The Seven Kingdoms have been torn apart by war and five kings now battle for supremacy. In King's Landing, Tyrion Lannister now serves as the Hand of the King. Tyrion needs all of his cunning if he is to protect the city from those who seek to capture it and seize the Iron Throne. Meanwhile, in the lands beyond the Wall, the Night's Watch have taken the field against the wildling king, Mance Rayder, and Jon Snow is dispatched on a hazardous scouting mission. In the distant east, Daenerys Targaryen and her small band of followers reach the great city of Qarth hoping to find salvation, but instead find treachery.
A Clash of Kings picks up immediately after the events of A Game of Thrones. Indeed, large chunks of this book were written for Thrones before it became obvious that the first book was too big and had to be split in two (an oddly familiar situation...). However, there are some differences between the two books. Some new POV characters are introduced and the scope of the series expands radically, with the introduction of Stannis Baratheon and his followers and the ironborn entering the story in force. This book also features some fairly intricate military maneuvering as the bulk of the war takes place (some readers may find tracking down some of the more detailed maps online will be more useful than referring to the bare-bones map in the book), which is all pretty well-handled.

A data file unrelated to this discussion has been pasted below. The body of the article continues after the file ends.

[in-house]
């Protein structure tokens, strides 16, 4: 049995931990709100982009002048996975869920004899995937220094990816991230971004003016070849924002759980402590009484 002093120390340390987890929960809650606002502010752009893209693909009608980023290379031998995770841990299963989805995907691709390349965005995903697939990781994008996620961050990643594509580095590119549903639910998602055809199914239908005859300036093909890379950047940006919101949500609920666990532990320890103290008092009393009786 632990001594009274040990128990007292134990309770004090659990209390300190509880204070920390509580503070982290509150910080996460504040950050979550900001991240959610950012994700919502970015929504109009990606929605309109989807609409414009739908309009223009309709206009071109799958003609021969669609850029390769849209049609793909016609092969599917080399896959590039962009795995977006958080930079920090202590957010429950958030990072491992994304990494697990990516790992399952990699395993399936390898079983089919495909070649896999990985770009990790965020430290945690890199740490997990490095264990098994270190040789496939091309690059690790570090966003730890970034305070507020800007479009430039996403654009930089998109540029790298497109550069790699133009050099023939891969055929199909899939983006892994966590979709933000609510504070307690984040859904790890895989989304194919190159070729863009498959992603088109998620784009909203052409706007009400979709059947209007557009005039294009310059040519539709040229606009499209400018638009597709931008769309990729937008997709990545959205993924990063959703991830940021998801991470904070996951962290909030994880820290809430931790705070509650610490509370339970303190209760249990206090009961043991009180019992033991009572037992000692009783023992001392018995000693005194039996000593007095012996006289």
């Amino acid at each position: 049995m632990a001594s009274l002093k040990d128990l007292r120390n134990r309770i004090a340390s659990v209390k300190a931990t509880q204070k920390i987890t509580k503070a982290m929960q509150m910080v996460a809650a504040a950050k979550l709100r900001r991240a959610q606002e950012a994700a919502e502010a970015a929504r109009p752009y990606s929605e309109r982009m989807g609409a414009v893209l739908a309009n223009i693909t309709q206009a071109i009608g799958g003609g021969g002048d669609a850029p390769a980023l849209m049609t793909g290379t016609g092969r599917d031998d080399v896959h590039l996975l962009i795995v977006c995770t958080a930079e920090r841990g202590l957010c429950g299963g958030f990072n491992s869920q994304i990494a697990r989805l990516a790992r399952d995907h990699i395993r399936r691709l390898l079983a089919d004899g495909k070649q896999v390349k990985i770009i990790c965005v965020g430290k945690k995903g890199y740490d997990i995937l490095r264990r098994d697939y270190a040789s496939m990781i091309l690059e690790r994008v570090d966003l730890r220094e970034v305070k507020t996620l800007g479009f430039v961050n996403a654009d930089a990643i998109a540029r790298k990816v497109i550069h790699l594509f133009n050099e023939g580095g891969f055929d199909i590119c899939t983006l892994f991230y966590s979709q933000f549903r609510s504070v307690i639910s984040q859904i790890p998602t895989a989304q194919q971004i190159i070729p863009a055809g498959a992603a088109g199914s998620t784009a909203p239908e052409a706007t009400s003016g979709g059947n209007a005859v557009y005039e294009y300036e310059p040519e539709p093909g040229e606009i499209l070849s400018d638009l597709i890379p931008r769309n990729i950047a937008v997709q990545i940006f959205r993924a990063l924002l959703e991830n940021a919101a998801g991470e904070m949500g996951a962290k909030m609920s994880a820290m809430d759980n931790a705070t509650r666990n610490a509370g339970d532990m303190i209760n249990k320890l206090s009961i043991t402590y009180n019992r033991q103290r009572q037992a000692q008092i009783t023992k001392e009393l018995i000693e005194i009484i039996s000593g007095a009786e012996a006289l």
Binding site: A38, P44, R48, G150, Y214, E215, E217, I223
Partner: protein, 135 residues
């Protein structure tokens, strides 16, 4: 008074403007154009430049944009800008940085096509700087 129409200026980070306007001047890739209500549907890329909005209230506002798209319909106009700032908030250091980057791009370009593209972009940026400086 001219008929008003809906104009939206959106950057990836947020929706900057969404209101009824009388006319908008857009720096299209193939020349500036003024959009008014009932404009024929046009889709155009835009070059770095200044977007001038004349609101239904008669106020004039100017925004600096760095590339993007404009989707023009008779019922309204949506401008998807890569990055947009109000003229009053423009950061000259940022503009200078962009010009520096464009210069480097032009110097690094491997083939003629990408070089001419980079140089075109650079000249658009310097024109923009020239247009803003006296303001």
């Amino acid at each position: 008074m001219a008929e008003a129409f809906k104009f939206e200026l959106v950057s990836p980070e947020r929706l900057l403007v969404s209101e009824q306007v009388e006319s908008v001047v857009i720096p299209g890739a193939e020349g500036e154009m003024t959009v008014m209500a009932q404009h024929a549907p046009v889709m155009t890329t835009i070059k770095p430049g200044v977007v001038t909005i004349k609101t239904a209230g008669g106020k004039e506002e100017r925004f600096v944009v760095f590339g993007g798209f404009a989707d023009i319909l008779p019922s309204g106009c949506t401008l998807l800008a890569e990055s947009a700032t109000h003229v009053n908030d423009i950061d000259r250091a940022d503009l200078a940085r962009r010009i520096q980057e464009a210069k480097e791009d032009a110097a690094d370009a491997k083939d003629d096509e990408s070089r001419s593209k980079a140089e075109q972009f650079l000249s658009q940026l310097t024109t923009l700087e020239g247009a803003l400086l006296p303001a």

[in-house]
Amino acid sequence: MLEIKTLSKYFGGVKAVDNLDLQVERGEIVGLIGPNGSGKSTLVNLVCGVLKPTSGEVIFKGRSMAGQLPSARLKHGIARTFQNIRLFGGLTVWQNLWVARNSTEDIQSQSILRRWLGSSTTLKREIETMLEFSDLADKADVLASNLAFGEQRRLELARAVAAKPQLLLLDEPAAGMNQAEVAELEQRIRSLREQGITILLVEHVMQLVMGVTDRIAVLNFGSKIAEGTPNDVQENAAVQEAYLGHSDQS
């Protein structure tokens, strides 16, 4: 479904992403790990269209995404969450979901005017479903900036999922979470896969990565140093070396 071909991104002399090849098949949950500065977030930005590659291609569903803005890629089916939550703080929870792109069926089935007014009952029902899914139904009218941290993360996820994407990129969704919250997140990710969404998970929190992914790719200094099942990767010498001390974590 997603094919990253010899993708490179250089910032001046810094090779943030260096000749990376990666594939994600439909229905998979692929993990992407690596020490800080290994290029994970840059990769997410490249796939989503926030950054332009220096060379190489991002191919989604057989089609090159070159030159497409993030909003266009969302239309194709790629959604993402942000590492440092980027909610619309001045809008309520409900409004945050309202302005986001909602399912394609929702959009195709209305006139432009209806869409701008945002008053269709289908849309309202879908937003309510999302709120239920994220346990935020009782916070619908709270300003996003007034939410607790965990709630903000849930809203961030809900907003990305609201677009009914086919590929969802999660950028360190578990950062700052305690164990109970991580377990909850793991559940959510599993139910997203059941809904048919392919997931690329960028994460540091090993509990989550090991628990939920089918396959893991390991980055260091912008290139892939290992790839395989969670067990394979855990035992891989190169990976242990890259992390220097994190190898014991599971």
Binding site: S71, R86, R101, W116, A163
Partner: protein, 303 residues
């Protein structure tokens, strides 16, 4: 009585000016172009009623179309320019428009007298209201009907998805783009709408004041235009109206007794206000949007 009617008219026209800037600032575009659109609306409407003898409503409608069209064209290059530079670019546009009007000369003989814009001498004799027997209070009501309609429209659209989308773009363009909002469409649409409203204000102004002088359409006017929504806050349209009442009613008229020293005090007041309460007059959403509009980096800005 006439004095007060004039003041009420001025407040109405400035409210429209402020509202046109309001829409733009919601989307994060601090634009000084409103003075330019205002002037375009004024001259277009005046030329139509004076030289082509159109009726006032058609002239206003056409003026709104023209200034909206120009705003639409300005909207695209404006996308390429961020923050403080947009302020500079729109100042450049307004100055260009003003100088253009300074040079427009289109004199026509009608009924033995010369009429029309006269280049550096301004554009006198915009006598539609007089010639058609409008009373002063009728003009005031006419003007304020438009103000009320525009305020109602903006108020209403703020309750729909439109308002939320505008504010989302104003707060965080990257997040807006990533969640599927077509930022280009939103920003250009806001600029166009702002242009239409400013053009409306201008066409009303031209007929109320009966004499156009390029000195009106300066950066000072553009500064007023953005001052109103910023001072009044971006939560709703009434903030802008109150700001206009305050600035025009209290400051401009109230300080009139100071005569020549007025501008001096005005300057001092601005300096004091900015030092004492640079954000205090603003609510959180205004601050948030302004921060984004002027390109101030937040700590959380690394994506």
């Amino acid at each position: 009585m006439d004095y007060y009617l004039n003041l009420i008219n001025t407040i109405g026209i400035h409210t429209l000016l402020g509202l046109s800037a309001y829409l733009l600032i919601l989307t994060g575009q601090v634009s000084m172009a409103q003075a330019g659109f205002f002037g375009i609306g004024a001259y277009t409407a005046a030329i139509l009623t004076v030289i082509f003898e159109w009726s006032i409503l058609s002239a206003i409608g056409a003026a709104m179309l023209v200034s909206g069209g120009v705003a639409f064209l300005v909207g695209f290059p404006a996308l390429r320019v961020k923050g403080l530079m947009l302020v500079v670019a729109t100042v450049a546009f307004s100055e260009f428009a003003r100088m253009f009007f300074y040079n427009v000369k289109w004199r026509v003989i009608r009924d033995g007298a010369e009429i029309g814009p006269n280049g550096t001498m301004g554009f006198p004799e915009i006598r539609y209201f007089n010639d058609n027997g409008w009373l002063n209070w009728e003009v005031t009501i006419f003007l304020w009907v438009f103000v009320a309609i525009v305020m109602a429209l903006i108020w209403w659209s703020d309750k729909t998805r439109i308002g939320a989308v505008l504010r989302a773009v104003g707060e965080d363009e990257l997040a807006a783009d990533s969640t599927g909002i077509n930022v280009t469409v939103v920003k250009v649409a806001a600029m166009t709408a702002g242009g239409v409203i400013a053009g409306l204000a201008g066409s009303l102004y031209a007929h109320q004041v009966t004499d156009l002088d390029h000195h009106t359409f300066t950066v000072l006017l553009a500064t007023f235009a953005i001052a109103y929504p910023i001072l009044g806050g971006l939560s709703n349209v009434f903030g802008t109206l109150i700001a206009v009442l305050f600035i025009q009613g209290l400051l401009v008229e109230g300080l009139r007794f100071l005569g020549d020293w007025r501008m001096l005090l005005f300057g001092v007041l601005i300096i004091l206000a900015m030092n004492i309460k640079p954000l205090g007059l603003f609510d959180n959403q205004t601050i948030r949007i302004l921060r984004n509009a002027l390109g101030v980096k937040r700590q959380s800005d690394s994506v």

There's a lot of great stuff in this second volume. Martin is a fan of drawing parallels between characters (he's suggested comparing and contrasting Daenerys' skills at ruling Meereen in the forthcoming Dance with Dragons with Cersei in A Feast for Crows) and in this novel it is impossible not to compare Tyrion's success in the role of the Hand of the King with the mistakes Eddard makes in the first book. Tyrion's cunning and ruthlessness is well-depicted, and his story forms one of the spines of the novel. Another is provided by the story of Theon Greyjoy, who is upgraded to POV status and shows us the state of affairs in the Iron Islands. Theon is a hard character to like, but his viewpoint remains well-written and fascinating.
A Clash of Kings, despite featuring the biggest battle in the series so far and some of the most important and decisive moments and scenes, feels like something of a transitory book between the opening salvo of the story in A Game of Thrones and the climax of the opening movement in A Storm of Swords, which probably accounts for it not being rated quite as highly as either of those books amongst readers. However, it is just as well-written as either, the story remains gripping and the characters are still compelling.
A Clash of Kings (*****) is a vital continuation of the story begun in the first novel and is highly recommended. The book is available now in the UK and USA.